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RE: ZDNet Schema article,and hiding complexity withinuser-friendlyproducts
- From: Gavin Thomas Nicol <email@example.com>
- To: xml-dev <firstname.lastname@example.org>
- Date: Tue, 24 Apr 2001 10:09:53 -0400
> Fair enough. Nevertheless, hardly anyone has actually USED the
> beast yet except for the kinds of people on this list.
I think a more telling point is that people don't use validation
that much anyway... be it using DTD's, XSchema, or whatever.
What percentage of people on this list *really* use validation
as part of normal processing?
Much of this debate might be a storm in a teacup.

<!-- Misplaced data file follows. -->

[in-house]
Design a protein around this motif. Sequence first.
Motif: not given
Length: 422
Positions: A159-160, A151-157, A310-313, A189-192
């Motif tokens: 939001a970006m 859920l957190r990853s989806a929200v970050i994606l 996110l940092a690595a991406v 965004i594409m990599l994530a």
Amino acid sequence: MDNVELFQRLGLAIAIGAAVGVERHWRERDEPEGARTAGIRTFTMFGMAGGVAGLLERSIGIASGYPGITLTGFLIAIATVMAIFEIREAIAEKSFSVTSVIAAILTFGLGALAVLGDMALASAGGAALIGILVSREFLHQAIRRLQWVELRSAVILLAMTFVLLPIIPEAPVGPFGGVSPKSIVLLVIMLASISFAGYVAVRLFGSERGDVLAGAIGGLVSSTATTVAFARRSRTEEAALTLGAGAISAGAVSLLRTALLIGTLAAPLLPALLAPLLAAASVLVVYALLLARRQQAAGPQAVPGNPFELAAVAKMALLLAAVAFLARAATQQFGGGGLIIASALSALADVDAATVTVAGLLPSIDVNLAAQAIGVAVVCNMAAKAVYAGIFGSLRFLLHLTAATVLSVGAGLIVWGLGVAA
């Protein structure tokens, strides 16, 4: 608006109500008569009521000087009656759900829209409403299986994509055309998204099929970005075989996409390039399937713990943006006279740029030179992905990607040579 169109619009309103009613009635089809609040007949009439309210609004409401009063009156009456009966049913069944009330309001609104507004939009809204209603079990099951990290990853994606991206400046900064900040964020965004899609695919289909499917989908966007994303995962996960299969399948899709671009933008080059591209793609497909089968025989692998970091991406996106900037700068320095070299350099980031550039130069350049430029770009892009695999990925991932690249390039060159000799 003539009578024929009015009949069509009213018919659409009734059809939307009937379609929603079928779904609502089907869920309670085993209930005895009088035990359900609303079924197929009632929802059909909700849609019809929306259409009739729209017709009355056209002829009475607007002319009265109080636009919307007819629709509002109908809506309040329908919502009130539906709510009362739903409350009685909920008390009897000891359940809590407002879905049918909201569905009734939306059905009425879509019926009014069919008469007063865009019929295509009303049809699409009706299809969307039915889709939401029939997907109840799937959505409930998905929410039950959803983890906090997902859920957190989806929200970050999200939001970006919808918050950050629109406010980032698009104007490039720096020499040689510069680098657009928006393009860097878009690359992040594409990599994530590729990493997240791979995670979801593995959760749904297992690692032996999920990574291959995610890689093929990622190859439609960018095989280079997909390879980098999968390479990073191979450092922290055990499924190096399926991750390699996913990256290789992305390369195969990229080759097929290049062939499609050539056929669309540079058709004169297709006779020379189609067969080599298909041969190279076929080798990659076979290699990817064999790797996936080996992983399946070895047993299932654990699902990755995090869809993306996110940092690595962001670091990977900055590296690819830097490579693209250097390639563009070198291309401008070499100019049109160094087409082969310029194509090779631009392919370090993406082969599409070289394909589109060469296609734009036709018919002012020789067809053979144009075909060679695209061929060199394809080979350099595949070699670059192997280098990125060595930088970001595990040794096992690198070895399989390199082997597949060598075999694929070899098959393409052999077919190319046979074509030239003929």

XML's success is at least partly due to it making things easier
for people... including those people with SGML systems. We should
remember that. This is what Len is reminding us of.
The real danger, I think, is *not* in the specification. XSchema
is large, dense, and probably overkill for most applications. For
the people that need it though, it is probably both approachable and
The real danger is in assuming, and having specifications assume,
that validation will be part of normal processing. For example,
if XPath 2.0 is expanded to include operations that require a
validated instance, there will be interoperability issues: if
I send an XML instance and an XSL stylesheet to different
processors, the might produce different results. XPath is already
very close to being too heavyweight.
A good example of the issues can already be seen in the differences
in documents parsed with and without DTD's. If validation with
XSchema or any other tool results in an infoset with many "optional"
peices, and specs are built on that infoset, there *will* be